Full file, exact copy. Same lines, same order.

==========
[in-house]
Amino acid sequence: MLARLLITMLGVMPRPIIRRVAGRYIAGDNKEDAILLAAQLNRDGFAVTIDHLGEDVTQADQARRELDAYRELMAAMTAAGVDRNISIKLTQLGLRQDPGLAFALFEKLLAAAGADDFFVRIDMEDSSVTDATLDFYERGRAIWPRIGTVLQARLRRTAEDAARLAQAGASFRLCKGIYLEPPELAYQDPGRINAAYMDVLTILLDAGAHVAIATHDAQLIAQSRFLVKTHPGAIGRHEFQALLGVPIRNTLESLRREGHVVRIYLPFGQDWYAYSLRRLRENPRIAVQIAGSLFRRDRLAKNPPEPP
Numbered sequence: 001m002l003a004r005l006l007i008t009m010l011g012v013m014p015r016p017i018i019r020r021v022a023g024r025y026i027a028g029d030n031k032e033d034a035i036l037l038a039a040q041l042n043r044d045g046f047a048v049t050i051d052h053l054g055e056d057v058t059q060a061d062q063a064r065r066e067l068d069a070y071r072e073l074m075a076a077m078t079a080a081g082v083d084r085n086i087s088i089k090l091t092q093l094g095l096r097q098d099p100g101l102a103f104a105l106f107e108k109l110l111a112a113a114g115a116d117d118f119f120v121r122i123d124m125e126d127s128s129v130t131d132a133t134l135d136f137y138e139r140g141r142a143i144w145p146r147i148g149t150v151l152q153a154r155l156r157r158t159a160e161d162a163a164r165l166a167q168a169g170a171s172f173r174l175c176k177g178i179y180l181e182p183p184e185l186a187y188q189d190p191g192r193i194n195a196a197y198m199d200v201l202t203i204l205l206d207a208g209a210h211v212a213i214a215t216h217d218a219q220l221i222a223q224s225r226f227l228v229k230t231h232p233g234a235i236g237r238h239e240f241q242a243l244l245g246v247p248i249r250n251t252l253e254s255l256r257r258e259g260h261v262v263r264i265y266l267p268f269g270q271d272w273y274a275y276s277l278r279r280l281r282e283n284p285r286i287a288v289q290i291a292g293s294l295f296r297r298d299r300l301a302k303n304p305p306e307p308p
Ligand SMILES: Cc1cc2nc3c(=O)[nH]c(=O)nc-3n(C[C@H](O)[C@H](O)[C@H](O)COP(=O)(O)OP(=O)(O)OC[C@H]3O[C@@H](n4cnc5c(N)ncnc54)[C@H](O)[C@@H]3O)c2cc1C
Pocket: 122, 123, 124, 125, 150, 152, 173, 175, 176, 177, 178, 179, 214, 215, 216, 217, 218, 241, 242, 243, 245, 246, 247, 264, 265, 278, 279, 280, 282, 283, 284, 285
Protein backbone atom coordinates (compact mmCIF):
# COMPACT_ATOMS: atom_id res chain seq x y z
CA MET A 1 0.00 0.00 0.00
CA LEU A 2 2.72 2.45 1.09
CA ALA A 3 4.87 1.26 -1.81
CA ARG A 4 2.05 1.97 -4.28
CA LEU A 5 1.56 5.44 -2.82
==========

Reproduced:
[in-house]
Amino acid sequence: MLARLLITMLGVMPRPIIRRVAGRYIAGDNKEDAILLAAQLNRDGFAVTIDHLGEDVTQADQARRELDAYRELMAAMTAAGVDRNISIKLTQLGLRQDPGLAFALFEKLLAAAGADDFFVRIDMEDSSVTDATLDFYERGRAIWPRIGTVLQARLRRTAEDAARLAQAGASFRLCKGIYLEPPELAYQDPGRINAAYMDVLTILLDAGAHVAIATHDAQLIAQSRFLVKTHPGAIGRHEFQALLGVPIRNTLESLRREGHVVRIYLPFGQDWYAYSLRRLRENPRIAVQIAGSLFRRDRLAKNPPEPP
Numbered sequence: 001m002l003a004r005l006l007i008t009m010l011g012v013m014p015r016p017i018i019r020r021v022a023g024r025y026i027a028g029d030n031k032e033d034a035i036l037l038a039a040q041l042n043r044d045g046f047a048v049t050i051d052h053l054g055e056d057v058t059q060a061d062q063a064r065r066e067l068d069a070y071r072e073l074m075a076a077m078t079a080a081g082v083d084r085n086i087s088i089k090l091t092q093l094g095l096r097q098d099p100g101l102a103f104a105l106f107e108k109l110l111a112a113a114g115a116d117d118f119f120v121r122i123d124m125e126d127s128s129v130t131d132a133t134l135d136f137y138e139r140g141r142a143i144w145p146r147i148g149t150v151l152q153a154r155l156r157r158t159a160e161d162a163a164r165l166a167q168a169g170a171s172f173r174l175c176k177g178i179y180l181e182p183p184e185l186a187y188q189d190p191g192r193i194n195a196a197y198m199d200v201l202t203i204l205l206d207a208g209a210h211v212a213i214a215t216h217d218a219q220l221i222a223q224s225r226f227l228v229k230t231h232p233g234a235i236g237r238h239e240f241q242a243l244l245g246v247p248i249r250n251t252l253e254s255l256r257r258e259g260h261v262v263r264i265y266l267p268f269g270q271d272w273y274a275y276s277l278r279r280l281r282e283n284p285r286i287a288v289q290i291a292g293s294l295f296r297r298d299r300l301a302k303n304p305p306e307p308p
Ligand SMILES: Cc1cc2nc3c(=O)[nH]c(=O)nc-3n(C[C@H](O)[C@H](O)[C@H](O)COP(=O)(O)OP(=O)(O)OC[C@H]3O[C@@H](n4cnc5c(N)ncnc54)[C@H](O)[C@@H]3O)c2cc1C
Pocket: 122, 123, 124, 125, 150, 152, 173, 175, 176, 177, 178, 179, 214, 215, 216, 217, 218, 241, 242, 243, 245, 246, 247, 264, 265, 278, 279, 280, 282, 283, 284, 285
Protein backbone atom coordinates (compact mmCIF):
# COMPACT_ATOMS: atom_id res chain seq x y z
CA MET A 1 0.00 0.00 0.00
CA LEU A 2 2.72 2.45 1.09
CA ALA A 3 4.87 1.26 -1.81
CA ARG A 4 2.05 1.97 -4.28
CA LEU A 5 1.56 5.44 -2.82